SEI – Addressing the UNICEF Report and the South London Shootings

In a week that has seen yet more shootings of our young people and a damming report placing us at the bottom of the league tables regarding quality of life for our youth I think even the most disinterested among us must realize that it is time for action to be taken. No not action like flinging more money down the hole that is the bottomless pit of our nanny-system. No not action like turning a few dozen armed policeman on the streets. But action that is going to have a solid and proven effect on eradicating the problem.

About seven years ago Morag came across a report on the state of the nation’s youth. Thousands of young people across the country were interviewed on all topics under the sun. One of the main aims of the exercise was to find out what kept kids on the straight and narrow, and what caused them to go off the rails. Was it lack of education, was it lack of funds. Lack of facilities. Lack of a father-figure. Was it living in the country – living in an inner city council estate. What the heck was it that caused a child to decide to pick up a gun or put down a schoolbook. Push a pram instead of a pencil. The people interviewed came from every kind of background in every nook and cranny of the UK and you will never guess what they found…..

Yes there is something that disaffected youth had in common, and for the record disaffection comes in ALL postcodes, all ethnicities, all genders. Just because Arabella and Charlie are away at boarding school doesn’t mean they’re any less disaffected than LaWanda and Jose. The overriding commonality in young people (it’s actually all people but let’s try to stick to today’s topic) who make ‘bad’ decisions is :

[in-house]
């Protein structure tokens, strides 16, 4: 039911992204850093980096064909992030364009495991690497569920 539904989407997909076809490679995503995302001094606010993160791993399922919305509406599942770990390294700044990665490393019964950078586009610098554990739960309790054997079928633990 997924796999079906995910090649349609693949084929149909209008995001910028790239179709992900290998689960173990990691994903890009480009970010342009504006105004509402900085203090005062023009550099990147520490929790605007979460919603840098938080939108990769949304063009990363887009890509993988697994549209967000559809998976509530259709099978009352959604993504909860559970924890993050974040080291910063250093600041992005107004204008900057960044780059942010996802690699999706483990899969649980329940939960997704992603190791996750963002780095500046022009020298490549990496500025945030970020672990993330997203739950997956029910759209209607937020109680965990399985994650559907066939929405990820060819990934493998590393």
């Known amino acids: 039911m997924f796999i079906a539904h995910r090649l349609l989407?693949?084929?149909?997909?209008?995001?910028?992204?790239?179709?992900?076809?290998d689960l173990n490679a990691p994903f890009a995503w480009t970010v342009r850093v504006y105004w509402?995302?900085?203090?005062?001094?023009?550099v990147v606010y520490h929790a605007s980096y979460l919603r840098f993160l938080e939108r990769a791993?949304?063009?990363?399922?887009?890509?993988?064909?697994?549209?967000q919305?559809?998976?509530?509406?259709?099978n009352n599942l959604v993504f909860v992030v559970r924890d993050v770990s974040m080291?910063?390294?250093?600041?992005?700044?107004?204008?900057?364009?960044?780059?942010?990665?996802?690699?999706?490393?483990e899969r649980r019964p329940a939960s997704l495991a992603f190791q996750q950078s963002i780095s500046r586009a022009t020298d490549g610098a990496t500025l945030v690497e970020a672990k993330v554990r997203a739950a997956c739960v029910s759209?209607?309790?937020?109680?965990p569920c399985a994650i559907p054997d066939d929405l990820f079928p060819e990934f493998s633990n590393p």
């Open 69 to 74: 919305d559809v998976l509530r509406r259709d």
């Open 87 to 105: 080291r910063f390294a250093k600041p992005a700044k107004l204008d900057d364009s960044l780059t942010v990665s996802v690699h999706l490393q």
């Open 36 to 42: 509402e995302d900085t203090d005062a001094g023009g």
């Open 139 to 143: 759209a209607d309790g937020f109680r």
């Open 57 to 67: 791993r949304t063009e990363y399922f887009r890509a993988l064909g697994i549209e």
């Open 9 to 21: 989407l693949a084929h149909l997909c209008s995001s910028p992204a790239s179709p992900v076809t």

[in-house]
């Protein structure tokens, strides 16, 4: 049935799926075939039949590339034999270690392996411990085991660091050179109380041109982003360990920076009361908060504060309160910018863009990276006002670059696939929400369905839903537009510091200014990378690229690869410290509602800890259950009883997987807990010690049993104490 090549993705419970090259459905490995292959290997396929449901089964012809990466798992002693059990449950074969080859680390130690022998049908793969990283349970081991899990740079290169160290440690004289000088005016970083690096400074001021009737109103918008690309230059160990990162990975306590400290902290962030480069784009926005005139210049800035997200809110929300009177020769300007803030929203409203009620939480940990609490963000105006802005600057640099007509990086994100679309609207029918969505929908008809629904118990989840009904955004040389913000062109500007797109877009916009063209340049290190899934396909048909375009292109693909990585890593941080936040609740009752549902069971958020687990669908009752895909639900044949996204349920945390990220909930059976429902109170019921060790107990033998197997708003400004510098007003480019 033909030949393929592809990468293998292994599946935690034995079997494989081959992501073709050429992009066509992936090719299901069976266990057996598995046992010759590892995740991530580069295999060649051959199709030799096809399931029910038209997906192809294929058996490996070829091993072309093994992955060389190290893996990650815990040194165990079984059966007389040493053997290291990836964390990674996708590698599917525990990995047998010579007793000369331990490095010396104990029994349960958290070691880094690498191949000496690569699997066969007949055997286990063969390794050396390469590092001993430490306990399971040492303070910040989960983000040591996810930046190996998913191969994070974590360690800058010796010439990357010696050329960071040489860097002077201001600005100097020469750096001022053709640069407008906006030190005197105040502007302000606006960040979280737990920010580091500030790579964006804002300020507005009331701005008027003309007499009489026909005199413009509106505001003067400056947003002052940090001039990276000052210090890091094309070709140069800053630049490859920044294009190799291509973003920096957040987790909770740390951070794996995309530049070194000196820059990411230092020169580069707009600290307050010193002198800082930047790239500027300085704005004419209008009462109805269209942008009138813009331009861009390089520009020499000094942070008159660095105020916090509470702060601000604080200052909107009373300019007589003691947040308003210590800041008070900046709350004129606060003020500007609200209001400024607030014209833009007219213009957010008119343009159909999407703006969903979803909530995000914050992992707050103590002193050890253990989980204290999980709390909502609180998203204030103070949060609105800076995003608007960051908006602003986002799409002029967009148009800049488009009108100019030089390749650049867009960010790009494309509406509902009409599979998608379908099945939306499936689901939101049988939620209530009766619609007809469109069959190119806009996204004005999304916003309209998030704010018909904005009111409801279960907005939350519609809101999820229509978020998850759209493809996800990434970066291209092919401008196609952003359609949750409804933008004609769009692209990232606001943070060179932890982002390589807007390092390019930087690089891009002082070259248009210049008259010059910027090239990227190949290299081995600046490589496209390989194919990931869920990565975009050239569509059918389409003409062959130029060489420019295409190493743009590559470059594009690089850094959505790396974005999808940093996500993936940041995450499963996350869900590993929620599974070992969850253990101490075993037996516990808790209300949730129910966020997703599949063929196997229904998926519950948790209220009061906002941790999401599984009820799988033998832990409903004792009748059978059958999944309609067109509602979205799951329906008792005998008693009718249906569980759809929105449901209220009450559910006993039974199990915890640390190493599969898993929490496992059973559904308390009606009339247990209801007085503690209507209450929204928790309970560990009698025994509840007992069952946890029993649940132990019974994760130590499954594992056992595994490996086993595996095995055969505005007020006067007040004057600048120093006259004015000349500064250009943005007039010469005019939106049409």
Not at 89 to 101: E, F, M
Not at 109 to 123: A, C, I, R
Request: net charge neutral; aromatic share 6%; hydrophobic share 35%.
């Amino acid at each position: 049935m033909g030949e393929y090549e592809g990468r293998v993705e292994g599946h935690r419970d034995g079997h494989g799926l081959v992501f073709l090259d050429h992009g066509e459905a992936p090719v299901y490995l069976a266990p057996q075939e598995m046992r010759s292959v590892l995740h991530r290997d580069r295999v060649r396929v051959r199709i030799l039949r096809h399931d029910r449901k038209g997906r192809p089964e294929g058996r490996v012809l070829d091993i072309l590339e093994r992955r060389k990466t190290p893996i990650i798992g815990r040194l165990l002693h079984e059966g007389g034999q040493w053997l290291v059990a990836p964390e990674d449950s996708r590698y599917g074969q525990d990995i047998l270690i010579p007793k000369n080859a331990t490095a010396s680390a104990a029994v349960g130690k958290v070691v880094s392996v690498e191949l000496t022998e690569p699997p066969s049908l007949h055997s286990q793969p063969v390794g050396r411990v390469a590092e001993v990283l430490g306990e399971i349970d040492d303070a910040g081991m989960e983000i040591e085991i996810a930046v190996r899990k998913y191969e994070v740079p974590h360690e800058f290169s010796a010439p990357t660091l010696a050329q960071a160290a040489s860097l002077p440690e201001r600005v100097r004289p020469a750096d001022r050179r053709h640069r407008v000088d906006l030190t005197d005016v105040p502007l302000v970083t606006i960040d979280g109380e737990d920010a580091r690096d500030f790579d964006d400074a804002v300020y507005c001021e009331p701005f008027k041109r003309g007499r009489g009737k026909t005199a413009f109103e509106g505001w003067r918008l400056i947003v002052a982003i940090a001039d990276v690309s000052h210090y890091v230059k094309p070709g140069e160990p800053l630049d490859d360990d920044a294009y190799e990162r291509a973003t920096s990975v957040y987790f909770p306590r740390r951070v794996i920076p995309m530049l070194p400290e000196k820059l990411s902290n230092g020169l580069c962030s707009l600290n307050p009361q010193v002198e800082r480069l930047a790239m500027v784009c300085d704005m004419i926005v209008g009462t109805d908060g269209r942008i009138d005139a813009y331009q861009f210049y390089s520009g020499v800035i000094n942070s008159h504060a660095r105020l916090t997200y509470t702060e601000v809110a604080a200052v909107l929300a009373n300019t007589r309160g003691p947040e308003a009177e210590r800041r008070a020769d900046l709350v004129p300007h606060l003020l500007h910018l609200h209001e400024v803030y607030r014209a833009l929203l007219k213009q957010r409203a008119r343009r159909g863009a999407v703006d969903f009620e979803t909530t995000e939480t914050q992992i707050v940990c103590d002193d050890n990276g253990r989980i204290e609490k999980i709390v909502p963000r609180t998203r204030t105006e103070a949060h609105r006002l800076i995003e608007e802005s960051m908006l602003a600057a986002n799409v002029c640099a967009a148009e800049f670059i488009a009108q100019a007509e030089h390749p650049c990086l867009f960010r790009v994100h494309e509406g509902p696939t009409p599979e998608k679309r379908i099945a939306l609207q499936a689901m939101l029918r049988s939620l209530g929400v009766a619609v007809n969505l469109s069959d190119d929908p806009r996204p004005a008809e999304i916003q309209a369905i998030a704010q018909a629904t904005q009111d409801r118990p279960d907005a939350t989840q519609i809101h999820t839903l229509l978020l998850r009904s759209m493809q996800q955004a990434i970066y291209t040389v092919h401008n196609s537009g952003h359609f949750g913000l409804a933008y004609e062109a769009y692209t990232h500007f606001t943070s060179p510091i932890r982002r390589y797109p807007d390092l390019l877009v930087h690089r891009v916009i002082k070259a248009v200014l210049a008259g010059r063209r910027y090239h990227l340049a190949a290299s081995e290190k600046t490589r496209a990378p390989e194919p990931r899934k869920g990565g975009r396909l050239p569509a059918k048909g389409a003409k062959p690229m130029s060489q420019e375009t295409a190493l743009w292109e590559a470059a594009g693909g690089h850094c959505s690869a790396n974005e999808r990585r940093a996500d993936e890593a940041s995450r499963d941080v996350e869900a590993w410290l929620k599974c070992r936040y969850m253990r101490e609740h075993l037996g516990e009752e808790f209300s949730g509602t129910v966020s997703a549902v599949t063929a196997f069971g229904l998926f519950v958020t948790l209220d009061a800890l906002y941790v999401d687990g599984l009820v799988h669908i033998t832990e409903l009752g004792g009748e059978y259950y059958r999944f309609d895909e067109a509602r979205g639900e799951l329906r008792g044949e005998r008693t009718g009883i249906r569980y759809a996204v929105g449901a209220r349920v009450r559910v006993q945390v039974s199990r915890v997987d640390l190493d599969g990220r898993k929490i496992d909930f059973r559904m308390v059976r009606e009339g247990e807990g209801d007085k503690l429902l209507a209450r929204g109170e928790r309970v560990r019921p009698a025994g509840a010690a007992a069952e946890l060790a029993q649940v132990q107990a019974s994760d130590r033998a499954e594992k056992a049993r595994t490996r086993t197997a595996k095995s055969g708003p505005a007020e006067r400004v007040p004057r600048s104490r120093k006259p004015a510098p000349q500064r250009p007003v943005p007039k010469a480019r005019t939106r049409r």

How do we know this? Enter the SEI – Self-Esteem Index. A psychological exercise which measures the following four areas :
[Academic Competence] – measures self-esteem in school, education, academic competence, intelligence, learning, and other scholarly pursuits.
[Family Acceptance] – measures self-esteem at home and within the family unit.
[Peer Popularity] – addresses the quality, importance, and nature of relationships and interactions with individuals outside the family unit.
[Personal Security] – contains statements about an individual’s physical appearance and personal attributes such as distinctive traits of body, character, conduct, temperament, and emotions

The information is then tallied and you are slotted into a scale, which indicates what your attitude towards yourself is and where you feel you fit in the grand scheme of things.

So if we now know that the one thing that kids who make bad decisions have in common is low self-esteem then it seems to make sense that what we really need to do to have a long term solution to the mess we are in is to do our best to ensure that all our young people have higher self-esteem than they do now. You can rest assured that young people with low self-esteem making bad decisions will grow up to be adults with low self-esteem making bad decisions. And at £100,000 per prisoner for construction of new prison places we should do this if for no other reason than fiscal responsibility.

Yes you can spend all your time haranguing kids about ‘don’t take drugs’, ‘don’t hang around with a bad lot’, ‘don’t be promiscuous’, ‘don’t watch porn on the internet’…but trust me, it’s a lot easier when they make those decisions themselves. And there is only one way to do that and that is ensure that they have a solid sense of who they are (whatever their circumstances). Some of our finest citizens have come out of single-parent families in highly-deprived areas so it is NOT impossible. We must stop flinging our hands up and start rolling our sleeves up. Come on people we’ve got to sort this out – it’s costing us on so many, many levels.